Over the course of the last decade, we’ve seen a blurring of lines between cyber and physical security concerns. Whether it’s the hacking of corporate information or the use of social media for nefarious activities, it’s clear that these once-separate security disciplines are often tied together.
As a result, various organisations seek ways in which they can collaborate and share information to gain greater situational awareness to react faster, smarter and more efficiently. The overall goal is to see the process of security from a single lens to achieve comprehensive risk mitigation efforts.
Stakeholders must detect and neutralise potential threats quickly, as well as seek out new forms of intelligence to be one step ahead of the curve. The growing acceptance of Big Data analysis and the Internet of Things (IoT) enables the collection of relevant data across systems, services, and devices, driving alliances to deter, prevent, and investigate threats and improve safety.
Role of data analysis
Data analysis is the process of examining large data sets to uncover hidden patterns, unknown correlations, market trends, customer preferences, and other useful business information to anticipate, respond and take action. The amount and types of structured and unstructured data are growing rapidly, and present new and increasing challenges. Organisations that generate actionable intelligence from collected data points, such as financial organisations, corporate enterprises and government agencies, are better positioned to create value and achieve their strategic objectives.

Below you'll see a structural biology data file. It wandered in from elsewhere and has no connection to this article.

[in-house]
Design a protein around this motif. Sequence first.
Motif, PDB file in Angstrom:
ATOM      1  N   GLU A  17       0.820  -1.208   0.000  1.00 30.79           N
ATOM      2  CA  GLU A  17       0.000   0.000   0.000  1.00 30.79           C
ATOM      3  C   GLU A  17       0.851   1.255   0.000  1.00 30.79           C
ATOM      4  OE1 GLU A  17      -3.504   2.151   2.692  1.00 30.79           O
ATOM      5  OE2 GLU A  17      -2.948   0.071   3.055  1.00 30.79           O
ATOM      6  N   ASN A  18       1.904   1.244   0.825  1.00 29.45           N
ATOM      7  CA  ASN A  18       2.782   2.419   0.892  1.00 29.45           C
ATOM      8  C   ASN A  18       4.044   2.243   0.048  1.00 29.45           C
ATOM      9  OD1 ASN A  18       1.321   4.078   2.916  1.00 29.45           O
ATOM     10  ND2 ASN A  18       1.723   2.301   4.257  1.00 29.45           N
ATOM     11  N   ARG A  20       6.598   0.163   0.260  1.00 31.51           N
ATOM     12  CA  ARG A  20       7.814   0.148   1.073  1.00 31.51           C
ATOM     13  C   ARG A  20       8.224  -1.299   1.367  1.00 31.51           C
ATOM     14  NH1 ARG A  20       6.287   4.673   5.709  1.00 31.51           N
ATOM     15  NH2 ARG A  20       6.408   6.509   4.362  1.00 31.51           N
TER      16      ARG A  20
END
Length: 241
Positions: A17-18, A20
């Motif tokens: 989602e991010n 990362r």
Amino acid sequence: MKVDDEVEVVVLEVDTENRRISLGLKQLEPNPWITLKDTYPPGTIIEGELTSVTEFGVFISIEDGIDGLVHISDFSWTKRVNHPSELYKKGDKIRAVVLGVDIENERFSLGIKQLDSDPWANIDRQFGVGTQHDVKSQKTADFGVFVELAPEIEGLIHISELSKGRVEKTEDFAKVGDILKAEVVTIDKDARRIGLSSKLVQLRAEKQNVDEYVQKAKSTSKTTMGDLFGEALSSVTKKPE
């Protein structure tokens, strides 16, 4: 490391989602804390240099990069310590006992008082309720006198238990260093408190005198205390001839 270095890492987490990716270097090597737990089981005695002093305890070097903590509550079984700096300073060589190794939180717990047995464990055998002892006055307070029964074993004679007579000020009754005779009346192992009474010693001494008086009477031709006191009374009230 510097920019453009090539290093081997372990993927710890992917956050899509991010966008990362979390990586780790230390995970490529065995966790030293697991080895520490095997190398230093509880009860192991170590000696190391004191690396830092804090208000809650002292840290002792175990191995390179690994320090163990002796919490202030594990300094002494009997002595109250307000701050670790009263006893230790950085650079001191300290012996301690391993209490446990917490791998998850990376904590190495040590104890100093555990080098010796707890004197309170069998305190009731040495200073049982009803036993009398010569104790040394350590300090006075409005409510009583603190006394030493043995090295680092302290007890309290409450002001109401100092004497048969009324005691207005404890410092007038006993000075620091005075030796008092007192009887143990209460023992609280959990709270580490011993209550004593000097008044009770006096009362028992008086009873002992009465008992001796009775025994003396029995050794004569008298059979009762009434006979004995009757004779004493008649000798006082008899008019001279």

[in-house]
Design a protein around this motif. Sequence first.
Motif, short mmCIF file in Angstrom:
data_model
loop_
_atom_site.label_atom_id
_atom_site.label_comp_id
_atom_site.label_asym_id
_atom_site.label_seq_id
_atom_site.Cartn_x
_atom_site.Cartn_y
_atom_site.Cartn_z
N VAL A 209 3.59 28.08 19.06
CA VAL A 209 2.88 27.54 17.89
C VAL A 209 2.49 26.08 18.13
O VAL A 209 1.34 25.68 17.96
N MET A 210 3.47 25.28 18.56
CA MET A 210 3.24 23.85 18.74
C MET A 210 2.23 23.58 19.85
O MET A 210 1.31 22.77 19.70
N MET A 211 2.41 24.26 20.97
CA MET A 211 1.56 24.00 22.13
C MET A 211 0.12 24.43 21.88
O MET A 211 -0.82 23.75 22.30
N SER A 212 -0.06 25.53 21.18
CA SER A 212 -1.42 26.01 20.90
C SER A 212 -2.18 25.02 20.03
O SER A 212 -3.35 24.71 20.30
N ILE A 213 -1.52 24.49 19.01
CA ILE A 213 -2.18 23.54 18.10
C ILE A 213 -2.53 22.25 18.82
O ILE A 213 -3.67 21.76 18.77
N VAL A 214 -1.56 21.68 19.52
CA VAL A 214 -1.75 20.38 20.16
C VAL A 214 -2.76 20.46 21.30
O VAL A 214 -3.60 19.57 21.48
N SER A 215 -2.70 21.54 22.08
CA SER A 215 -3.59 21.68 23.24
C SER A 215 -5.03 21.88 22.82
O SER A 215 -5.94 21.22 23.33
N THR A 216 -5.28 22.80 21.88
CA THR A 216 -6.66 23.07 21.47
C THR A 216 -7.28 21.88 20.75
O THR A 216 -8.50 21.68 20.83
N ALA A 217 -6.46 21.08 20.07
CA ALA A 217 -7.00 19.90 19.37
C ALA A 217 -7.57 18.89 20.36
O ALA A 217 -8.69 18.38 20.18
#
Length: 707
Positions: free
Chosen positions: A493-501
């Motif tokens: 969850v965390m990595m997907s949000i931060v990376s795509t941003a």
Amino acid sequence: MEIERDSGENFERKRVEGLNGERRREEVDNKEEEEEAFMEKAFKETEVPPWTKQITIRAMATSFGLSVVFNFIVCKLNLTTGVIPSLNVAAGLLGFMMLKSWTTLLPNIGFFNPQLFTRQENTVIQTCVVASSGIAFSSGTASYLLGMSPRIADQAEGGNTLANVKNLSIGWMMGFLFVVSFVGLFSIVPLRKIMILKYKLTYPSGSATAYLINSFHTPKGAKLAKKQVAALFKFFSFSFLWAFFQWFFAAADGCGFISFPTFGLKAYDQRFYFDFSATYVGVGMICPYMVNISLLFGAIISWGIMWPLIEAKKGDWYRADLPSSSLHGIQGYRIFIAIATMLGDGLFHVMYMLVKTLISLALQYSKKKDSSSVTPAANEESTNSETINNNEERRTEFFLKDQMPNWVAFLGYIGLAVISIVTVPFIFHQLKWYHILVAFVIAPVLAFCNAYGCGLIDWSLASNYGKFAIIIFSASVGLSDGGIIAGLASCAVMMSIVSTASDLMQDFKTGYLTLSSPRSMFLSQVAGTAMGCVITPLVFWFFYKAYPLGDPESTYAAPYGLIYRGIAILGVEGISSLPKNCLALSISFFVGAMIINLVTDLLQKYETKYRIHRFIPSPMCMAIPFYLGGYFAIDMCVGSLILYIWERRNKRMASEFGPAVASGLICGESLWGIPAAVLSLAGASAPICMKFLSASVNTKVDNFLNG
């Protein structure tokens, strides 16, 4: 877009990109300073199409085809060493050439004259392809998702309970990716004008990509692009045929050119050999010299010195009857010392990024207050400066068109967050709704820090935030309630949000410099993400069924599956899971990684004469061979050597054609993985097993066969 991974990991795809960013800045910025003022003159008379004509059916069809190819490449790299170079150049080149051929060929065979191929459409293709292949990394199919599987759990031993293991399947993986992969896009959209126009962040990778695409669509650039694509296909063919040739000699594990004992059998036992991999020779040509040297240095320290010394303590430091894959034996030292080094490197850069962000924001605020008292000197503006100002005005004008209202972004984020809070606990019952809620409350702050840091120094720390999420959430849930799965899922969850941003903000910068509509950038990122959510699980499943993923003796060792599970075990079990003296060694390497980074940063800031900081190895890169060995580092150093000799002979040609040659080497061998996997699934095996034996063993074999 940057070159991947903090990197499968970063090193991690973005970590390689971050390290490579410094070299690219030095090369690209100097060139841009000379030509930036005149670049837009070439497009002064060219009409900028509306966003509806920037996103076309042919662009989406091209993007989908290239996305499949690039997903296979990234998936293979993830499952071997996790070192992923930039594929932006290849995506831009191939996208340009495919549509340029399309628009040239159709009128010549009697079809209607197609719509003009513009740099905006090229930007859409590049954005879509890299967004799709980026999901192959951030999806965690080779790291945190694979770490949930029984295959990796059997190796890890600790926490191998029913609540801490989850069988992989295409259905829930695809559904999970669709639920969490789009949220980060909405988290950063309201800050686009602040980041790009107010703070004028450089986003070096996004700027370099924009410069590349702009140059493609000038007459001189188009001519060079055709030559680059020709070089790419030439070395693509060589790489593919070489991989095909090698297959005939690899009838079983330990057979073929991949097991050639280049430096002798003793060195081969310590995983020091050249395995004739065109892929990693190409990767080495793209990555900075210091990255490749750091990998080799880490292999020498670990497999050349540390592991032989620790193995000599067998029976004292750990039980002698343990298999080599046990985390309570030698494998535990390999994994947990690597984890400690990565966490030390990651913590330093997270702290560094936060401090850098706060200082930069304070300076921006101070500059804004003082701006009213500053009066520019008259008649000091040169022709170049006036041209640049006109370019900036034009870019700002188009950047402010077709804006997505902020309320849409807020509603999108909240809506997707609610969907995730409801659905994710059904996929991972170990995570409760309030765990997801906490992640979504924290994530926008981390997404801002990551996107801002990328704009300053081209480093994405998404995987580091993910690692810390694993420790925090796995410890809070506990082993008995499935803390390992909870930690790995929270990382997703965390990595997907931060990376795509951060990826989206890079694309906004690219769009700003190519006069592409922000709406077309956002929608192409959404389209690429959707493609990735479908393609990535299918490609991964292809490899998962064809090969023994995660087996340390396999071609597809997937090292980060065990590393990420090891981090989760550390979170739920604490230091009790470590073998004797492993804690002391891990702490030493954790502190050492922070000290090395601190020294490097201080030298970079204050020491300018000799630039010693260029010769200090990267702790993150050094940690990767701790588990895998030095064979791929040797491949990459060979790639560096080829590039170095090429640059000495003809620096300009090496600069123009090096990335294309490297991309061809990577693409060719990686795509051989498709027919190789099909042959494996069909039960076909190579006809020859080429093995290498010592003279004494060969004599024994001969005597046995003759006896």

Organisations that generate
actionable intelligence from
collected data points are better
positioned to create value and
achieve their strategic objectives
Stakeholders are driven by an alignment with risk management, IT and business continuity to provide a comprehensive security strategy that takes into account cyber and physical security and recognises the potentially damaging disruptions if not threats are not controlled. New services, tools, and methods are valuable to help users mitigate risks more effectively. Here is a look at two processes gaining significant interest:
Web and social media intelligence
The Web and social media are of critical importance to security leaders, as these platforms are the gateway to a vast array of information that can help enhance security, investigate breaches, and streamline operations. The process of tapping into Web and social media sources to locate data streams offers beneficial results including the ability to identify trends and expedite investigations. This process helps transform raw information into valuable data by capturing valuable evidence that can be used to mitigate risks, build critical insights, and identify targets.
Everyone is online and therefore, we all leave digital breadcrumbs that can be used to determine our activities online and help determine offline activity as well. In criminal cases, the Web is a valuable tool to collect information about potential criminals from their conversations on social networks and blogs, engagement with news sites, and entrance into the Dark Web. Data derived from these sources allows investigators to pinpoint targets more efficiently.